That Which Can't be Named

The nameless was the beginning of
heaven and earth;

The named was the mother of the
myriad creatures.

Tao Tê Ching
D.C. Lau Translation

I've wondered often about the origins of life.  There were some provocative classical experiments demonstrating that amino acids (protein building blocks) could be created in the lab by passing an electrical discharge through a flask containing methane and ammonia - a condition created to model lightning strikes in Earth's primitive atmosphere.  More recently, pantetheine was created by heating a mixture of pantoyl lactone, beta- alanine and cysteamine -- all three believed to have been present on the early Earth. Pantetheine is related to coenzyme A, essential for protein formation and used by every known organism to assist in a variety of chemical reactions.  Extrapolating from such results, it seems plausible that complex organic molecules might thus have evolved from simple molecular building blocks which then might have undergone a molecular evolution into more complex molecules that would ultimately support simple life forms.  From simple life forms evolved more complex life forms.  Further suggestions of the molecular basis for the origins of life include the auto-assembly of viral proteins in vitro and, more recently, the successful transplantation of a synthetic bacterial genome into a recipient cell.  Such experiments have lead to the concept of a "primordial soup" of molecular building blocks that might have given rise to primitive life forms spontaneously.

It's easy to extend the paradigm of evolution back to include inorganic matter.   Evolution at the quantum mechanical level can be observed readily both in nature and in the laboratory.  Nuclear fusion reactions power the stars and produce virtually all elements in a process called nucleosynthesis.  Our physical bodies are composed of stardust.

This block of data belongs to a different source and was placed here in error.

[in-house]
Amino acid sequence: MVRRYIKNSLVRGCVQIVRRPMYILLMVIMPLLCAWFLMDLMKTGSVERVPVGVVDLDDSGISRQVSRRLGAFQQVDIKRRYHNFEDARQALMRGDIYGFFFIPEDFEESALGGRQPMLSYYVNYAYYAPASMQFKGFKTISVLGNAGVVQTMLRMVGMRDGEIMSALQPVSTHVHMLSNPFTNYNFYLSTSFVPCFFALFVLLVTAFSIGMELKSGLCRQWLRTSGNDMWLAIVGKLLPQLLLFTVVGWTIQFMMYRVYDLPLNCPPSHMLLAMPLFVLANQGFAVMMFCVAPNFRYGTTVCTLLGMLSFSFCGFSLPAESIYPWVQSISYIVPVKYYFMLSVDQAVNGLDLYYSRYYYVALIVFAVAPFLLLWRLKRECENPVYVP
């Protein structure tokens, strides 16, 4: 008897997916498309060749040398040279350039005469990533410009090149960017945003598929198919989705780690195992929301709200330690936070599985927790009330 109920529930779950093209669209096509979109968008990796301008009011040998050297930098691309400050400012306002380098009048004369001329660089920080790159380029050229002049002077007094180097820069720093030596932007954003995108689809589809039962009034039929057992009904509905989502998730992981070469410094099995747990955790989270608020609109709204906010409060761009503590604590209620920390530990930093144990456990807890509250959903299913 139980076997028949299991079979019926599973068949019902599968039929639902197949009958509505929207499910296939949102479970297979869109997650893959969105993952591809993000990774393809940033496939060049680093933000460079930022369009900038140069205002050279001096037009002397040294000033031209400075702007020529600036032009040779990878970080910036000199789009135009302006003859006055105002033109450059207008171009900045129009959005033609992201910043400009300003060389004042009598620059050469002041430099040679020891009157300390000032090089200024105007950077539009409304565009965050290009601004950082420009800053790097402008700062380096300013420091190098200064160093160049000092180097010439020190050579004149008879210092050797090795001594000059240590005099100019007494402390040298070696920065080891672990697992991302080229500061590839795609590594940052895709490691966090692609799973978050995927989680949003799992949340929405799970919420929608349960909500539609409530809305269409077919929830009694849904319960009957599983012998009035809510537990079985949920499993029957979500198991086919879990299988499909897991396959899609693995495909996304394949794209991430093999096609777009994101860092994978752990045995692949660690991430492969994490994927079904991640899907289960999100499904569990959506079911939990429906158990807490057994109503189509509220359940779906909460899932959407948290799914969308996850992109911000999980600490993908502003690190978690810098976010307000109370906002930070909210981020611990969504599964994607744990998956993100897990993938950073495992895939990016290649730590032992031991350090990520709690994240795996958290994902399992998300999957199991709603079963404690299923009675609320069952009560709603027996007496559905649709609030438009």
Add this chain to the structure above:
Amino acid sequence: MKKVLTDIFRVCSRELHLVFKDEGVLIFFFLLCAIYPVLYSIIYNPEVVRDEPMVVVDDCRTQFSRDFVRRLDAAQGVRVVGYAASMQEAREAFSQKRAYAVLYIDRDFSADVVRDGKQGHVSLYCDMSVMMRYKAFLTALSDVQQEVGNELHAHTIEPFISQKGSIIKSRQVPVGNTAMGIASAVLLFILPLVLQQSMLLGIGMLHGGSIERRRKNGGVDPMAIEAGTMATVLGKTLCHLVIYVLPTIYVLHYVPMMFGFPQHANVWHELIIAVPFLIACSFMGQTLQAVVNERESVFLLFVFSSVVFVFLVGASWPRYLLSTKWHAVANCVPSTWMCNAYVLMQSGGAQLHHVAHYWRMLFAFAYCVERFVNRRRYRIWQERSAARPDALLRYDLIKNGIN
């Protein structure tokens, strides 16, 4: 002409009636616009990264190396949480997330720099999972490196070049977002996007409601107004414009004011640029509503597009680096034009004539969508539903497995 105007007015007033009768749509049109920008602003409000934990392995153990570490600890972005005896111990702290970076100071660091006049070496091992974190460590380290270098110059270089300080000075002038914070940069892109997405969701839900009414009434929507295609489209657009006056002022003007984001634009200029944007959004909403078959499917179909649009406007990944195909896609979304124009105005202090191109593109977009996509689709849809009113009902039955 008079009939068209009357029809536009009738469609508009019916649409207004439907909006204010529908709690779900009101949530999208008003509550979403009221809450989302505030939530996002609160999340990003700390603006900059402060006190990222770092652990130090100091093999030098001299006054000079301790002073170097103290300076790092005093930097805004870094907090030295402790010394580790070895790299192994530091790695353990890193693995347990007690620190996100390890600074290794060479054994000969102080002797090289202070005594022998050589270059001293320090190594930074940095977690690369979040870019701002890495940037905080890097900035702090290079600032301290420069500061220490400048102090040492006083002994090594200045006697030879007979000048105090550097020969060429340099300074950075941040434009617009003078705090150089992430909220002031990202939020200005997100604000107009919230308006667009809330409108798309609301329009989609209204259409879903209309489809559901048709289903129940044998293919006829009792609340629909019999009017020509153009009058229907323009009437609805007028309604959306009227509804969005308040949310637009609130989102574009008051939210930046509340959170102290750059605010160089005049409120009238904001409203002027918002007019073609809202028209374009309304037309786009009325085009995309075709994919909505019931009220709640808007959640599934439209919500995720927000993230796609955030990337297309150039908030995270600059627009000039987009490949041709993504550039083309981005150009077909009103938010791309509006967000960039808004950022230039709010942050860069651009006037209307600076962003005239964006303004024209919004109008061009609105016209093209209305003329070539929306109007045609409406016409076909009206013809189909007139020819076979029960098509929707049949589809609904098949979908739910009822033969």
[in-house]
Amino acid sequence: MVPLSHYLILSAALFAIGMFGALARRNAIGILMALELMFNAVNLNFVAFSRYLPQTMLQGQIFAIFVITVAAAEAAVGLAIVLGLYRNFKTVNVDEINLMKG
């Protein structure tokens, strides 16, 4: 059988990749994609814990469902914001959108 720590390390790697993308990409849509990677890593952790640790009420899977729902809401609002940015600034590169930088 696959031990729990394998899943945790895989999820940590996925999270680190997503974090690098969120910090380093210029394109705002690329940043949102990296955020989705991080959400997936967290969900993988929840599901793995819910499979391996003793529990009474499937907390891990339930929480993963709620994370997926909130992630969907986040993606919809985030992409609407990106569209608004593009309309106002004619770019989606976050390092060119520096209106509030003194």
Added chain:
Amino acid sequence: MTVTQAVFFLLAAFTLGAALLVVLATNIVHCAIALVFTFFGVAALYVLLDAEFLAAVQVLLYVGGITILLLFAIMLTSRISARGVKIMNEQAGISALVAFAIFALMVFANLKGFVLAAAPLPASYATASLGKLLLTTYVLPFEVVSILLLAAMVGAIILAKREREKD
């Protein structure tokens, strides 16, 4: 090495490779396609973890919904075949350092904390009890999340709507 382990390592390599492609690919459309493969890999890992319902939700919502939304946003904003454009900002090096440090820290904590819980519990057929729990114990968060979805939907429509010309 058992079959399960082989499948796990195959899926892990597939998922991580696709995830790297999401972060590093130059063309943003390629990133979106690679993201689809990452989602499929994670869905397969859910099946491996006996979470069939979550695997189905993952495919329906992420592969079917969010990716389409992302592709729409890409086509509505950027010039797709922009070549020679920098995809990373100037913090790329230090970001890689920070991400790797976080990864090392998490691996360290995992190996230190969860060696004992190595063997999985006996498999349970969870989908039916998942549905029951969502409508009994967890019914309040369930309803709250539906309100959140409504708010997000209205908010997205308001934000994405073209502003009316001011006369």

Evolutionary theories don't attempt to account for intelligence or will and are often offered as an alternative to a theistic concept of god.  Still, they fail to reconcile the requirement for the many extremely rare events that would be needed in tight synchronization with a very large number of other extremely rare events.  How does one reconcile the chicken and the egg paradox?  While there would be lots of time for such events to occur, it's difficult to accept that stochastic events are entirely responsible for the evolution of physical life forms.

Consider a different perspective.  Perhaps, physical forms of life arose via transformation from everything rather than evolution from nothing.  It's more than a semantic distinction.

The primordial universe -- a void without boundaries, without a beginning in time or an end, empty of physical form -- would still be a closed energy system.  The amount of energy per square unit of measure would be very low compared to dense regions in our physical universe.  Yet, this resting universe would still hold infinite energy in infinite space, even in its lowest unperturbed state - the state of zero point energy, postulated by Einstein and Stern.